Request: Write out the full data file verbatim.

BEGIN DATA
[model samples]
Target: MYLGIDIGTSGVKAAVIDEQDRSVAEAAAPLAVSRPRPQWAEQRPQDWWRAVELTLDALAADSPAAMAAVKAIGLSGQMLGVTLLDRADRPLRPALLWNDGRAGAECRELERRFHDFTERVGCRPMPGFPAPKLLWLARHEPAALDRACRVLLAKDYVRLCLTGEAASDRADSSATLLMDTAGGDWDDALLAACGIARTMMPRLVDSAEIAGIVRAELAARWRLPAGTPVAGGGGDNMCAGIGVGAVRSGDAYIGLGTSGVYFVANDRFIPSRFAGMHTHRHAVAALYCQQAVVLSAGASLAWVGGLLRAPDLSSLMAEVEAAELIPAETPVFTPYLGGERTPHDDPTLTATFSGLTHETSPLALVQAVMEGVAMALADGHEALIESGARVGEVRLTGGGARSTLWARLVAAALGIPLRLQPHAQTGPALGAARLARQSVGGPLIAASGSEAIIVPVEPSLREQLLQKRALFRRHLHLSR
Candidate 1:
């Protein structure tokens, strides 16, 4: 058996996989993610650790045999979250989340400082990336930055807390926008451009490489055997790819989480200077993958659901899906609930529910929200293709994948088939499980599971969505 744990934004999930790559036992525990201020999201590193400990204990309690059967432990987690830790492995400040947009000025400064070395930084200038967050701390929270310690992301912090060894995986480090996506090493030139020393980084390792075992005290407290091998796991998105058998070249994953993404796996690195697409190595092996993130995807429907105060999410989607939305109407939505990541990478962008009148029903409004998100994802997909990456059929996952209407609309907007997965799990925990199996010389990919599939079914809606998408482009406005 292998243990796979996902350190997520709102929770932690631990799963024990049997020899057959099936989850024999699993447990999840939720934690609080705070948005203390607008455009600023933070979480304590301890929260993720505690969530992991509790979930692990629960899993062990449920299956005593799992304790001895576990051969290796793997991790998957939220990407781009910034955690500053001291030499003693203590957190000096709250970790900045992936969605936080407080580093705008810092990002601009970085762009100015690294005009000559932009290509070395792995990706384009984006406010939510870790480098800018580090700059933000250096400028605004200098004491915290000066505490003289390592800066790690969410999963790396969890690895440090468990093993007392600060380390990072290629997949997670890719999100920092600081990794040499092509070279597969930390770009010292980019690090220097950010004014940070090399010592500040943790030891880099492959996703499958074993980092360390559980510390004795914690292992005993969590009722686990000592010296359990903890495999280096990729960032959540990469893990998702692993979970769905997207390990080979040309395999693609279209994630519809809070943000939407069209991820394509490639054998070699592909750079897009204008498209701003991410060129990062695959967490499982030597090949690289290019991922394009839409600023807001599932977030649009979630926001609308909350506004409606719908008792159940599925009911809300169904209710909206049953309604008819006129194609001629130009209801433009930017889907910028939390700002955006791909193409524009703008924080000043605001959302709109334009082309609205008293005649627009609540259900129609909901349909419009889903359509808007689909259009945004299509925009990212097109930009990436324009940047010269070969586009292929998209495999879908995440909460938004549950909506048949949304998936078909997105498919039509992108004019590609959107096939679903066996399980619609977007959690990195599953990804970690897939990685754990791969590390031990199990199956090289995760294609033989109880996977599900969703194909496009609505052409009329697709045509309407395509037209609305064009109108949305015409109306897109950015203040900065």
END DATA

[model samples]
Target: MYLGIDIGTSGVKAAVIDEQDRSVAEAAAPLAVSRPRPQWAEQRPQDWWRAVELTLDALAADSPAAMAAVKAIGLSGQMLGVTLLDRADRPLRPALLWNDGRAGAECRELERRFHDFTERVGCRPMPGFPAPKLLWLARHEPAALDRACRVLLAKDYVRLCLTGEAASDRADSSATLLMDTAGGDWDDALLAACGIARTMMPRLVDSAEIAGIVRAELAARWRLPAGTPVAGGGGDNMCAGIGVGAVRSGDAYIGLGTSGVYFVANDRFIPSRFAGMHTHRHAVAALYCQQAVVLSAGASLAWVGGLLRAPDLSSLMAEVEAAELIPAETPVFTPYLGGERTPHDDPTLTATFSGLTHETSPLALVQAVMEGVAMALADGHEALIESGARVGEVRLTGGGARSTLWARLVAAALGIPLRLQPHAQTGPALGAARLARQSVGGPLIAASGSEAIIVPVEPSLREQLLQKRALFRRHLHLSR
Candidate 1:
């Protein structure tokens, strides 16, 4: 058996996989993610650790045999979250989340400082990336930055807390926008451009490489055997790819989480200077993958659901899906609930529910929200293709994948088939499980599971969505 744990934004999930790559036992525990201020999201590193400990204990309690059967432990987690830790492995400040947009000025400064070395930084200038967050701390929270310690992301912090060894995986480090996506090493030139020393980084390792075992005290407290091998796991998105058998070249994953993404796996690195697409190595092996993130995807429907105060999410989607939305109407939505990541990478962008009148029903409004998100994802997909990456059929996952209407609309907007997965799990925990199996010389990919599939079914809606998408482009406005 292998243990796979996902350190997520709102929770932690631990799963024990049997020899057959099936989850024999699993447990999840939720934690609080705070948005203390607008455009600023933070979480304590301890929260993720505690969530992991509790979930692990629960899993062990449920299956005593799992304790001895576990051969290796793997991790998957939220990407781009910034955690500053001291030499003693203590957190000096709250970790900045992936969605936080407080580093705008810092990002601009970085762009100015690294005009000559932009290509070395792995990706384009984006406010939510870790480098800018580090700059933000250096400028605004200098004491915290000066505490003289390592800066790690969410999963790396969890690895440090468990093993007392600060380390990072290629997949997670890719999100920092600081990794040499092509070279597969930390770009010292980019690090220097950010004014940070090399010592500040943790030891880099492959996703499958074993980092360390559980510390004795914690292992005993969590009722686990000592010296359990903890495999280096990729960032959540990469893990998702692993979970769905997207390990080979040309395999693609279209994630519809809070943000939407069209991820394509490639054998070699592909750079897009204008498209701003991410060129990062695959967490499982030597090949690289290019991922394009839409600023807001599932977030649009979630926001609308909350506004409606719908008792159940599925009911809300169904209710909206049953309604008819006129194609001629130009209801433009930017889907910028939390700002955006791909193409524009703008924080000043605001959302709109334009082309609205008293005649627009609540259900129609909901349909419009889903359509808007689909259009945004299509925009990212097109930009990436324009940047010269070969586009292929998209495999879908995440909460938004549950909506048949949304998936078909997105498919039509992108004019590609959107096939679903066996399980619609977007959690990195599953990804970690897939990685754990791969590390031990199990199956090289995760294609033989109880996977599900969703194909496009609505052409009329697709045509309407395509037209609305064009109108949305015409109306897109950015203040900065």